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Published On: Tue, Apr 29th, 2014

Wanted: A culture of feedback

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By Bobby Uddoh

One hindrance in our effort to build a developed Nigeria is lack of feedback culture. Let me point out that culture is more than food, clothing, music, language, etc. If we want to build a better Nigeria, we the must change the prevailing culture. Lack of feedback is a key element of that culture and one that I have observed for a long time but noted its dominating influence just of recent.

Let’s look at some of the feedback that is lacking: It is common for most Nigerians to enjoy a good experience, acknowledge it but yet not provide feedback to the operators or managers of that experience. We may think it is not a big deal but in a nation where bad experiences are common, it takes a lot of work to ensure people are given a good experience. It, therefore, would be critical to let the providers of the good experience know through feedback in order for them to gain encouragement to sustain the effort and to even do better.

The next time you have a good experience, write to the management of the organisation or write to the person who gave you the experience to commend their effort. Where possible, share such experiences on Social Media platforms to give coverage to such people and organisation. It will help reduce the high level of negativity in our nation.

Feedback on a bad experience: This one is a big problem for most of us. We would rather go about telling everyone about our bad experience with a person, company or government agency. The only one we wouldn’t tell is the one who gave us the bad experience. In some instances, we will become enraged and express our anger at the point of the bad experience but so few would go to the critical point of providing a proper feedback. We carry a fixed mindset that says, “They will never change.”

Sometimes, we face circumstances beyond our control (like unexpected traffic congestion) but we can call and state the true situation and suggest alternatives. It is not right to expect that someone will wait for hours without any feedback from us. We have done this for way too long but it is not acceptable because it is lawlessness. Even after a scheduled appointment, we should have a culture of providing feedback immediately after and this is separate from the action points generated at the meeting.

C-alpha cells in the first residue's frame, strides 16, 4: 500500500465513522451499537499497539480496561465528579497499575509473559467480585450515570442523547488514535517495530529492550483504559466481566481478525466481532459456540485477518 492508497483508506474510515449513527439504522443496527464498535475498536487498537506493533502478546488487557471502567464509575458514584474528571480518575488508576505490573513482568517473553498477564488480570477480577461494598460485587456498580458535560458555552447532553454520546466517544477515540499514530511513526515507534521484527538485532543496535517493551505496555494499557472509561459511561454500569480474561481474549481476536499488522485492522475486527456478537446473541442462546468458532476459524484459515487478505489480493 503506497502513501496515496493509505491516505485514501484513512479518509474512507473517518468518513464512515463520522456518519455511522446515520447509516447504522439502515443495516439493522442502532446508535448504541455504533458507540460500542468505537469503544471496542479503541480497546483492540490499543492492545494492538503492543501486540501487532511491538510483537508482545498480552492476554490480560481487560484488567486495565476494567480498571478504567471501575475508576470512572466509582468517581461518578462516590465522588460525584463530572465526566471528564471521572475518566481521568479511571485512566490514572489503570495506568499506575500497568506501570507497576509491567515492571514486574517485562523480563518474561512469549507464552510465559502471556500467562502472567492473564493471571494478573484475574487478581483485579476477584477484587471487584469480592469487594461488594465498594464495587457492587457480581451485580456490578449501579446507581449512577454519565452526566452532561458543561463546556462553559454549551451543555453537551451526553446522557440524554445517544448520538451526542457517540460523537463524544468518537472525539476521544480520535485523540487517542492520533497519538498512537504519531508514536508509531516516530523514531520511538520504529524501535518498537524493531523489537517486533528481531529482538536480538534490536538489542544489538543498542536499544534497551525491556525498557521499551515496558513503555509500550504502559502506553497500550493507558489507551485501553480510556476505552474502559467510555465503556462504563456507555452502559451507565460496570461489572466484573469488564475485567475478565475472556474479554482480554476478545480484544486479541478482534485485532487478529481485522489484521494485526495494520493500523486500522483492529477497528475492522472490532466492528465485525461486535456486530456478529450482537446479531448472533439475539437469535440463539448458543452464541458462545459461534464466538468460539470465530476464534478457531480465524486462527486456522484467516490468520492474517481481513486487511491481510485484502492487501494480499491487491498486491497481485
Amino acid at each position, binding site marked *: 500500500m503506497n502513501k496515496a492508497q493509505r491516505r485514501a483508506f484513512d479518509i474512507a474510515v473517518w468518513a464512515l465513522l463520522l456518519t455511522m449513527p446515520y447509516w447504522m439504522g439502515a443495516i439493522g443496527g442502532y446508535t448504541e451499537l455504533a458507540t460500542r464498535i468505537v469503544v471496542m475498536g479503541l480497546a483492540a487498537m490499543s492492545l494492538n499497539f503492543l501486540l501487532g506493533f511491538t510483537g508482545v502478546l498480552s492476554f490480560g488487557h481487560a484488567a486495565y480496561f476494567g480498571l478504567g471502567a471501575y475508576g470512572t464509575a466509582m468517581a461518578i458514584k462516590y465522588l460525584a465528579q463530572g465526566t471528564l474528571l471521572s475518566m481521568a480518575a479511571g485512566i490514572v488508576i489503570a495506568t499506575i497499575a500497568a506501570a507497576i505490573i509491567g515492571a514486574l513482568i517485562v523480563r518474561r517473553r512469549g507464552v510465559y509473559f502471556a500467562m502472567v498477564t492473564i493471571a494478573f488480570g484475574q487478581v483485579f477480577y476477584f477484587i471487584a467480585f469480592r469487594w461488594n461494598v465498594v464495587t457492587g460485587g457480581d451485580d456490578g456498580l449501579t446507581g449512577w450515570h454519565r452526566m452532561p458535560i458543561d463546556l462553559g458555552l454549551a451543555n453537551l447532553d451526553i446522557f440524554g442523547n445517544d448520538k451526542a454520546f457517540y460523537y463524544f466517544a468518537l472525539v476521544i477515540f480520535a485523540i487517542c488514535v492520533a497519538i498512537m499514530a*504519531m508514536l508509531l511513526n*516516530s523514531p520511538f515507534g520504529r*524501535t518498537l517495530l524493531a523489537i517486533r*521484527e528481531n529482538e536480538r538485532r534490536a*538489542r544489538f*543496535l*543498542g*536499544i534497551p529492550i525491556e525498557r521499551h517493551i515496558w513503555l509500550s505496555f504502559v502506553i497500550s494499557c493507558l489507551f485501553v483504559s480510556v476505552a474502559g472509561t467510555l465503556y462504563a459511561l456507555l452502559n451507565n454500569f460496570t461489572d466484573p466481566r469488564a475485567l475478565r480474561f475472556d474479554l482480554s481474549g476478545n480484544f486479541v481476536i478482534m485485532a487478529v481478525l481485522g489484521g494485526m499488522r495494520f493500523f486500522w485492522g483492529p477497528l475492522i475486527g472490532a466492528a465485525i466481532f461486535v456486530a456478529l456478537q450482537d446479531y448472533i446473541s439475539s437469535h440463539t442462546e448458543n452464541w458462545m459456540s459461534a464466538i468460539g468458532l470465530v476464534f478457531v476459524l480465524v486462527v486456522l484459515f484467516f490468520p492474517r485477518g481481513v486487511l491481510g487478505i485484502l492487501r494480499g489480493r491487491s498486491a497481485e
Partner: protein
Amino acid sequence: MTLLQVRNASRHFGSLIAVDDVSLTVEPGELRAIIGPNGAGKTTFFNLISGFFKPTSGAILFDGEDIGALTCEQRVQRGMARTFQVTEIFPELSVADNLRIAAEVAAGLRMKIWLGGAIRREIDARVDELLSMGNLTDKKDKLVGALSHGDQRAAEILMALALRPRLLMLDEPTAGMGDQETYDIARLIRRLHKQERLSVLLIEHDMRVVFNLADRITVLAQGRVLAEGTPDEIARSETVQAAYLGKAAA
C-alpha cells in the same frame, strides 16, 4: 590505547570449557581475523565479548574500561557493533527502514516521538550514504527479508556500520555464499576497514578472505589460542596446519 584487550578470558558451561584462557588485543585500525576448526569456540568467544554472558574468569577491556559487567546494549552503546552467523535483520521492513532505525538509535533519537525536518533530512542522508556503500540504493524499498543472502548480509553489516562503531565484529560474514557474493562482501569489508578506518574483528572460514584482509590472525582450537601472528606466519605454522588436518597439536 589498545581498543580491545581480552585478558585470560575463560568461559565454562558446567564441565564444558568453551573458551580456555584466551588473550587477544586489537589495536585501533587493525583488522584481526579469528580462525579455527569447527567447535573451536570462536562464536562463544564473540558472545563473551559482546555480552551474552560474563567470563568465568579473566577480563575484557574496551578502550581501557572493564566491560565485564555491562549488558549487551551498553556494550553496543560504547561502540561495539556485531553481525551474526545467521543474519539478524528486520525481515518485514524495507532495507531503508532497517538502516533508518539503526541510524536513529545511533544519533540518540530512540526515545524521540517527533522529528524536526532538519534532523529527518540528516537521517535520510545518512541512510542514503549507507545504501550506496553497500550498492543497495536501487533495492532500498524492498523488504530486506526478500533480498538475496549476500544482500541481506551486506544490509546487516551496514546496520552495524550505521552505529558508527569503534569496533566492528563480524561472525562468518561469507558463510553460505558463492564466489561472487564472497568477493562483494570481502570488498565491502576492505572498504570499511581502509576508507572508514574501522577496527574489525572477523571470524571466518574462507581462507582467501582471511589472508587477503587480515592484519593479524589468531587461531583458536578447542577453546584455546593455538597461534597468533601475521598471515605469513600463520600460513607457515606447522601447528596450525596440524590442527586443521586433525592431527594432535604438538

Feedback before an action: It is common for us Nigerians to sit in a meeting and have the opportunity to provide feedback but we will keep silent. Once the meeting is over, we start murmur among ourselves but not before the decision makers. We shouldn’t wait until the meeting objective has been undertaken and usually with little or no success, before we provide feedback. It is common to hear reasons why we thought it would fail. Wouldn’t it have been better to provide this at the start to provide an opportunity to change approach?

What then? The culture of feedback is essential for development and as such we must exploit all the available channels when providing feedback. This is a critical way of life (culture) in developed nations and we too can benefit from it. When I ran a holiday business (Akwa Holidays), one of my biggest challenges was getting feedback from clients on their holidays (the flight, hotel, transfer, meals, tours, etc.). Yet, my service to future clients and my relationship with current operators was largely dependent on this feedback.

Developing the culture of feedback would help close the gap between citizens and government, enabling increased citizen participation in governance. We all agree this will increase accountability from our government at all levels and strengthen our democracy. I reiterate the point made earlier: With no feedback provided, there is no opportunity for change. If we really desire a change from our underdevelopment to a developed Nigeria, we must develop the culture of providing feedback. Starting now, what feedback do you have on this article?

Bobby Udoh is reachable on bobbyudoh.com

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